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Mets split doubleheader with Nationals

The good news for the Mets is that reinforcements are on the way. Jeff McNeil is due back from the injured list on Monday. Michael Conforto is only a few days behind him, with Brandon Nimmo perhaps returning by the end of the month. Once those three arrive, the Mets will have a full third of their Opening Day lineup back in place.

The bad news is that in the interim, the Mets are struggling to score with any sort of regularity. Outside of Francisco Lindor’s five-RBI outburst in Game 1 of a doubleheader at Nationals Park on Saturday, the Mets have scored two runs over their past 35 innings. The Nats quieted the Mets, 6-2, in the nightcap, after Lindor single-handedly pulled New York to a 5-1 victory in Game 1.

“It’s a long season, and there’s ebbs and flows with every year,” first baseman Pete Alonso said. “This is just one of them. This is just a couple games where we’re getting to the meat of the schedule and right now, that’s where we’re at. It’s just one of those highs and lows of the game of baseball where you go through stretches when the offense struggles or the pitching struggles, and you’re going to have to battle that.”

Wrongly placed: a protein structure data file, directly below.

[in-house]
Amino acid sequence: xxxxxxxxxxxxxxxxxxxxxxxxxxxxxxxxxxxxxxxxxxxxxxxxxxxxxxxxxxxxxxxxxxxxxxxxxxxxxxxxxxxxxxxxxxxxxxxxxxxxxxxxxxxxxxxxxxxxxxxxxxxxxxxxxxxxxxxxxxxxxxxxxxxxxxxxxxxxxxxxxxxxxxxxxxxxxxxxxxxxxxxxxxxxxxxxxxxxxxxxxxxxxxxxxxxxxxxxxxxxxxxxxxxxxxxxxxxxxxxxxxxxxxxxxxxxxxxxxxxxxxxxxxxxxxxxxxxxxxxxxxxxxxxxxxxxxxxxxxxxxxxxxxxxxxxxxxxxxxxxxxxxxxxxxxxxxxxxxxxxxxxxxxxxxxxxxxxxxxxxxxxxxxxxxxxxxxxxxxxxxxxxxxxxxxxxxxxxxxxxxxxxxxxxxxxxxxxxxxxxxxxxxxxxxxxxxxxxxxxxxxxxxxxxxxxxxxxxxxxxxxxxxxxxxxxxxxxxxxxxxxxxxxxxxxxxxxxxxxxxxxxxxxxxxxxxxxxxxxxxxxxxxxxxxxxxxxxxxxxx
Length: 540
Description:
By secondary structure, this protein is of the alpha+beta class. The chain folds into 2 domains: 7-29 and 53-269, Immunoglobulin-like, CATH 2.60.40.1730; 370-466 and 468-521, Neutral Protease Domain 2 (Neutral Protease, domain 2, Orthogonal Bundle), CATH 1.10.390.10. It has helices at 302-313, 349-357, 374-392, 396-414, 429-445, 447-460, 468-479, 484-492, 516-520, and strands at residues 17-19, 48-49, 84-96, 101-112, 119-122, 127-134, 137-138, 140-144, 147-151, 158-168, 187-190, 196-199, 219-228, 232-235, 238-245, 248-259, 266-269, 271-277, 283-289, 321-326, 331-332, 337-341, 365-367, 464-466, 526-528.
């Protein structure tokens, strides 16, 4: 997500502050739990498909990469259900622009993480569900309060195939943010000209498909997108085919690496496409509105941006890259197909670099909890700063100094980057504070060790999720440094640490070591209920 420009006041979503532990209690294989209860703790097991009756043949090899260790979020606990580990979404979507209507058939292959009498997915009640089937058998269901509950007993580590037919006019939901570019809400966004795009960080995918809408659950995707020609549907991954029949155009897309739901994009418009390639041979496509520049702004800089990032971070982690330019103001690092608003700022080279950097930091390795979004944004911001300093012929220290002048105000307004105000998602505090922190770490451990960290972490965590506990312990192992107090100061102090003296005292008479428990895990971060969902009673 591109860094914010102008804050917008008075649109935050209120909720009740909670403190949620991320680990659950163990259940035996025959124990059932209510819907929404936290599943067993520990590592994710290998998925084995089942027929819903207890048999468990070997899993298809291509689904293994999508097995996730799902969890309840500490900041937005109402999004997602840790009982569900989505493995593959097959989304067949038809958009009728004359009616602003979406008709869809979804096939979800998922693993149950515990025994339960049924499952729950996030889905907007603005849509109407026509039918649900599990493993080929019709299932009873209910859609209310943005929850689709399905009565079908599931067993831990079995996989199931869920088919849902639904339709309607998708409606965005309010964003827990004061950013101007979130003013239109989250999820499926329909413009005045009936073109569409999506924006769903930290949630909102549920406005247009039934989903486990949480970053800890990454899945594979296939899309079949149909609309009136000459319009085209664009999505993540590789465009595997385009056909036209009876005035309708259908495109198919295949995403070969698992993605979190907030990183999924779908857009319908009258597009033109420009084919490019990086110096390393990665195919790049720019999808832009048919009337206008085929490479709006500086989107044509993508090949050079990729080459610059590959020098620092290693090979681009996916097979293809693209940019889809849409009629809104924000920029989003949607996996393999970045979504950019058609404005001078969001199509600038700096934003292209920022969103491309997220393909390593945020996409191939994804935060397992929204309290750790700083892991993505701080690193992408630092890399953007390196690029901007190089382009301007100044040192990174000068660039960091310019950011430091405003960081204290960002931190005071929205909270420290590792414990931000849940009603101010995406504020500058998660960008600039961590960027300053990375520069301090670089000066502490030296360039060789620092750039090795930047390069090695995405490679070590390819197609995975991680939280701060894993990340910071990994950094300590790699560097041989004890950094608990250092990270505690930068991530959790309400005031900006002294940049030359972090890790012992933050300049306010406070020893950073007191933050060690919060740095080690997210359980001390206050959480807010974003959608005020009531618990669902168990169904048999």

It’s not for lack of trying. To try to counteract Nats lefty Jon Lester in Game 2, the Mets stacked their lineup with nine right-handed hitters. But Lester buzzed through them all without much issue until José Peraza chased him with a two-run homer in the seventh, after the game was mostly decided. Washington’s hitters enjoyed far more success against Mets starter Robert Gsellman and especially long reliever Sean Reid-Foley, who allowed as many runs (five) as he recorded outs.

The Mets, by contrast, are tending to score in fits and spurts. They have now played large swaths of this season without McNeil, Conforto, Nimmo and J.D. Davis, the latter of whom isn’t particularly close to a return. In their stead, a group of replace-Mets — the self-styled “bench mob” — has done well to keep this team not only alive, but in first place for the past six weeks consecutively.

The Mets have spent so much time relying on that depth, in fact, that it’s almost easy to forget how many key pieces are still missing. Once at least a few of those return, the Mets have high hopes that their offense, which ranks 29th in the Majors in runs per game, can start clicking.